Japan’s population of 126.5 million occupy a space that is 377,930 km2 in size. Roughly a quarter of the Japanese live centred in the capital of Tokyo. The uneven distribution of the population is the result of urbanisation. The population’s average age of 47.3 years is high, and the birth rate per woman of 1.4 children is low. The population’s extreme superannuation in combination with a low birth rate makes Japan shrink at a speed that is second to no other industrialised country. Still, Japan remains an important market for the toy sector.

Economy and consumerism in Japan

Japan has the world’s third-largest economy. Its gross domestic product totals US$ 4,884 billion and continues to rise. Despite its relatively small population, the Asian country generates 5.9 % of the global GDP. The per capita income in Japan at US$ 42,700 is comparable to European income levels. Trade equally plays a crucial role in Japan’s economy. Japan is the fifth-largest export and import nation. Its export volume totals US$ 683 billion, while US$ 625.7 billion worth of goods are imported. The particularly innovation-friendly Japanese pursue further economic expansion.

Japan is a country that boasts a high spending power, even during phases of economic decline. The Japanese and their increasing willingness to spend is tied to growing monthly wages. This is especially interesting to foreign providers and suppliers of consumer goods. For a long time, Japan was considered a homogenous society with similar consumer patterns. These days, however, even the Japanese are witnessing divergent buying habits. It is not so much the price, but the quality and usefulness that tend to be the decisive factor in making a buy. Still, price comparisons are popular because of the many discount stores and e-commerce opportunities. And even luxury items are highly coveted by the Japanese, even though the population’s price awareness has strongly increased. This is due to a significant disparity of income levels in Japan. Twice a year, the working population receives a salary bonus. This boosts retail sales figures for a short while in summer and in winter.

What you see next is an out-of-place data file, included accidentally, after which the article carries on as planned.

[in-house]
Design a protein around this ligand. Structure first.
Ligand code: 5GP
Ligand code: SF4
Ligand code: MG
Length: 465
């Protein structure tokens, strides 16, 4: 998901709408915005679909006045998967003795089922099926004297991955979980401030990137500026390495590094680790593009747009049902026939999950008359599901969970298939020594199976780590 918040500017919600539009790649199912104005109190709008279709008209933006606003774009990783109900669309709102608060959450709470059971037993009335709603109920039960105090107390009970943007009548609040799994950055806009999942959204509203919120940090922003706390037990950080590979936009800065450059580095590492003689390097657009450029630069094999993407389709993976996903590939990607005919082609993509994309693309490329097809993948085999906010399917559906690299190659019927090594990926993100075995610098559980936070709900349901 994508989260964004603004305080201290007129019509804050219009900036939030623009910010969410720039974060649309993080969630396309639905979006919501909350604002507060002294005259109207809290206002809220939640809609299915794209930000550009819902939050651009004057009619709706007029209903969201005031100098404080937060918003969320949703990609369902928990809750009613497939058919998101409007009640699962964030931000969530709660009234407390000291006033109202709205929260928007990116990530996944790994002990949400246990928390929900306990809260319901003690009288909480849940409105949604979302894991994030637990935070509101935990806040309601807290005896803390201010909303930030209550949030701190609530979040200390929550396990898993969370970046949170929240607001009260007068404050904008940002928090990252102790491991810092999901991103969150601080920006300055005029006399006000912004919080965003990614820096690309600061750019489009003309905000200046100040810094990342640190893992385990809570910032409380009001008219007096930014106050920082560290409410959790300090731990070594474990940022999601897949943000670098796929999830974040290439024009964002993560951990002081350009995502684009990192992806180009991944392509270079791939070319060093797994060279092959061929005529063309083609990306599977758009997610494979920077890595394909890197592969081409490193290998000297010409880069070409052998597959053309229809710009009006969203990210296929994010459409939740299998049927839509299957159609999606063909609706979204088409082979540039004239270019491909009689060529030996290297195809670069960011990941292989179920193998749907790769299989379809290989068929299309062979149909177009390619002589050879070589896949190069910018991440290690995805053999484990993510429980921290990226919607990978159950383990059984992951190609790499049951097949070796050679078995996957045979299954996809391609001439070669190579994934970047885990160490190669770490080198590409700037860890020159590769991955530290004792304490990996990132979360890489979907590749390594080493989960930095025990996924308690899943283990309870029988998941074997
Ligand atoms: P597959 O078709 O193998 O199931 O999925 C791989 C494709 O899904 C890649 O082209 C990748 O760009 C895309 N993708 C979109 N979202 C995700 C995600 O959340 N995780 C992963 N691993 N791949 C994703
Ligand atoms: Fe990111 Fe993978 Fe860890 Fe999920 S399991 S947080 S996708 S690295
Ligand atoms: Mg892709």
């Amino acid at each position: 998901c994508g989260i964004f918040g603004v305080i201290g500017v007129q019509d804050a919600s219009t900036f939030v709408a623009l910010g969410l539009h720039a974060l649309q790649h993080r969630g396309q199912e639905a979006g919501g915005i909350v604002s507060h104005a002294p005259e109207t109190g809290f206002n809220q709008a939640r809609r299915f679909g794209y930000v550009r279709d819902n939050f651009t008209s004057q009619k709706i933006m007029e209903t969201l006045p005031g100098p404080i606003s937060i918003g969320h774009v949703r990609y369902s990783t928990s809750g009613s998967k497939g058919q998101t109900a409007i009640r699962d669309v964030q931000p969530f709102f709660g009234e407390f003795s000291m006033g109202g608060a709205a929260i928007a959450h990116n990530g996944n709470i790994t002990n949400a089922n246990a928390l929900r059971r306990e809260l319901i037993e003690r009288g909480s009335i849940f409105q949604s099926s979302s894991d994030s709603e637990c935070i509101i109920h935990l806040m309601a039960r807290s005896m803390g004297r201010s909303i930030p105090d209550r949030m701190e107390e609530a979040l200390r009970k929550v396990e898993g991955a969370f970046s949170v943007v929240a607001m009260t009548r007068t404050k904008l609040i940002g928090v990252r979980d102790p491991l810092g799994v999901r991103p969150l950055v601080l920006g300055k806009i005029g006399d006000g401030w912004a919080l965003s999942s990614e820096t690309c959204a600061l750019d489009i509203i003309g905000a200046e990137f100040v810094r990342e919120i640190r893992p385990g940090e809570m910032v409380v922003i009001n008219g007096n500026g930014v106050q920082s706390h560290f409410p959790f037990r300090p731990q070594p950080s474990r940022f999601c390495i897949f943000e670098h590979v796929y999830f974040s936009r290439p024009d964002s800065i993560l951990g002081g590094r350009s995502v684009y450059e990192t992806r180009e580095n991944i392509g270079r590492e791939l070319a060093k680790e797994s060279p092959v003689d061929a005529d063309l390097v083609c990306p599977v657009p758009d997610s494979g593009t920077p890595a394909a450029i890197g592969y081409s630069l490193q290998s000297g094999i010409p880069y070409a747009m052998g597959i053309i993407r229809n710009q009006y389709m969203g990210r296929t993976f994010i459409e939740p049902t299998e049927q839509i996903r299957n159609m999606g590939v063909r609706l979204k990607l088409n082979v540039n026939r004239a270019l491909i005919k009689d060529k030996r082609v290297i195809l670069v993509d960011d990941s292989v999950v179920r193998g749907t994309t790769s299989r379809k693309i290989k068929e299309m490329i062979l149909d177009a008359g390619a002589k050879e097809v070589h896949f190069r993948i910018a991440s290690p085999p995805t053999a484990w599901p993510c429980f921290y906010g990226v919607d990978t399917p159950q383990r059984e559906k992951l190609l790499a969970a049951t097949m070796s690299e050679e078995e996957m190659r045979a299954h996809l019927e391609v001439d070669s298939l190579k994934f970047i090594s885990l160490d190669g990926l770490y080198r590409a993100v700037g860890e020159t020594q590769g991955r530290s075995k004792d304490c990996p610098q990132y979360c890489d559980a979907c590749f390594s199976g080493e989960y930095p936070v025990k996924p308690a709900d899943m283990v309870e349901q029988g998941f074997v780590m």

Toys in Japan

The Japanese toy market remains lucrative despite its ageing population. The demand for toys is on the rise. Even though Japan's birth date is low, the buying power per child is very high. Adults also consume plenty of toys. Overall, 20 % of the industry’s products target the 20+ age group. Online buying amongst Japanese continues to rise. Consequently, toy purchases recorded by the brick-and-mortar retail trade continue to decline.

Japanese licences highly popular

The most popular Japanese toy groups include educational toys and licenced toys featuring popular television and movie characters. A decline can be recorded for toys and puzzles as well as costumes and role playing. The future of the toy industry is virtual reality, amongst other things. This is apparent from the increase in sales for video games and AR/VR headsets in Japan. Not just trends, but safety aspects equally influence the buying decisions of the Japanese. The Japanese toy market can be conquered with inventive ideas, such as eco toys. Foreign markets are becoming increasingly relevant even for Japanese manufacturers.